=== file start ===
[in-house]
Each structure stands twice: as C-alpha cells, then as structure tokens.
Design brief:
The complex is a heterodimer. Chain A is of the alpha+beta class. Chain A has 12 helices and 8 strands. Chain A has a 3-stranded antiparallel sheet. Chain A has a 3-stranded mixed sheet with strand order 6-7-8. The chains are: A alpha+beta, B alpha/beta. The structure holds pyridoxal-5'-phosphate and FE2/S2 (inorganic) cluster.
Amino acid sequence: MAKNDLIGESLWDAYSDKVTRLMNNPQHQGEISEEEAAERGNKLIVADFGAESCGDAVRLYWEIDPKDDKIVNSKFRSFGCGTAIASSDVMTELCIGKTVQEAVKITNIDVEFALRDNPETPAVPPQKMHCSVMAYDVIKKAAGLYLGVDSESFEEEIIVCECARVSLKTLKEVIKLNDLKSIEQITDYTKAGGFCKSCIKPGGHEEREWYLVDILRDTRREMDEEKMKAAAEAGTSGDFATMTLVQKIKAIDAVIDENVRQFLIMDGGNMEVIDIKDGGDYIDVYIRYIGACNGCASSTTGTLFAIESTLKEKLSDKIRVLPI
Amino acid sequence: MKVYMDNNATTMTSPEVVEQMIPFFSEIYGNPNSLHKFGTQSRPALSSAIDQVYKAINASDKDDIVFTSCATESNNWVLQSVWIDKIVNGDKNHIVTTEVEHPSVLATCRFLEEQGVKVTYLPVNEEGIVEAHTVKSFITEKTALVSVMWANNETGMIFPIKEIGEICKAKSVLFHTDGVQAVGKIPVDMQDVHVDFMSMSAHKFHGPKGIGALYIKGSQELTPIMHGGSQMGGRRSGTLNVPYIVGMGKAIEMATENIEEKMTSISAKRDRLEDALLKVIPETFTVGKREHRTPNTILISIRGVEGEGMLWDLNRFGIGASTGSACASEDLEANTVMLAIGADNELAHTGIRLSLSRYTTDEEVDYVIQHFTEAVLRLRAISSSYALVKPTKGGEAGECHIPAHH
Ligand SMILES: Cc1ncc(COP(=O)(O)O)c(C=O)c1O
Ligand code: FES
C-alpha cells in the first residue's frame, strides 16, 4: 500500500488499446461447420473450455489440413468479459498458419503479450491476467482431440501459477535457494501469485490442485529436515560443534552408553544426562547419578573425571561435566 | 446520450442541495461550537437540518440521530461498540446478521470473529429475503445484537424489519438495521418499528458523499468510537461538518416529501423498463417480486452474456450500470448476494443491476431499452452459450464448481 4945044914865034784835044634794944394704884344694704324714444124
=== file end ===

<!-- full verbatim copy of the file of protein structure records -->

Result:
[in-house]
Each structure stands twice: as C-alpha cells, then as structure tokens.
Design brief:
The complex is a heterodimer. Chain A is of the alpha+beta class. Chain A has 12 helices and 8 strands. Chain A has a 3-stranded antiparallel sheet. Chain A has a 3-stranded mixed sheet with strand order 6-7-8. The chains are: A alpha+beta, B alpha/beta. The structure holds pyridoxal-5'-phosphate and FE2/S2 (inorganic) cluster.
Amino acid sequence: MAKNDLIGESLWDAYSDKVTRLMNNPQHQGEISEEEAAERGNKLIVADFGAESCGDAVRLYWEIDPKDDKIVNSKFRSFGCGTAIASSDVMTELCIGKTVQEAVKITNIDVEFALRDNPETPAVPPQKMHCSVMAYDVIKKAAGLYLGVDSESFEEEIIVCECARVSLKTLKEVIKLNDLKSIEQITDYTKAGGFCKSCIKPGGHEEREWYLVDILRDTRREMDEEKMKAAAEAGTSGDFATMTLVQKIKAIDAVIDENVRQFLIMDGGNMEVIDIKDGGDYIDVYIRYIGACNGCASSTTGTLFAIESTLKEKLSDKIRVLPI
Amino acid sequence: MKVYMDNNATTMTSPEVVEQMIPFFSEIYGNPNSLHKFGTQSRPALSSAIDQVYKAINASDKDDIVFTSCATESNNWVLQSVWIDKIVNGDKNHIVTTEVEHPSVLATCRFLEEQGVKVTYLPVNEEGIVEAHTVKSFITEKTALVSVMWANNETGMIFPIKEIGEICKAKSVLFHTDGVQAVGKIPVDMQDVHVDFMSMSAHKFHGPKGIGALYIKGSQELTPIMHGGSQMGGRRSGTLNVPYIVGMGKAIEMATENIEEKMTSISAKRDRLEDALLKVIPETFTVGKREHRTPNTILISIRGVEGEGMLWDLNRFGIGASTGSACASEDLEANTVMLAIGADNELAHTGIRLSLSRYTTDEEVDYVIQHFTEAVLRLRAISSSYALVKPTKGGEAGECHIPAHH
Ligand SMILES: Cc1ncc(COP(=O)(O)O)c(C=O)c1O
Ligand code: FES
C-alpha cells in the first residue's frame, strides 16, 4: 500500500488499446461447420473450455489440413468479459498458419503479450491476467482431440501459477535457494501469485490442485529436515560443534552408553544426562547419578573425571561435566 | 446520450442541495461550537437540518440521530461498540446478521470473529429475503445484537424489519438495521418499528458523499468510537461538518416529501423498463417480486452474456450500470448476494443491476431499452452459450464448481 4945044914865034784835044634794944394704884344694704324714444124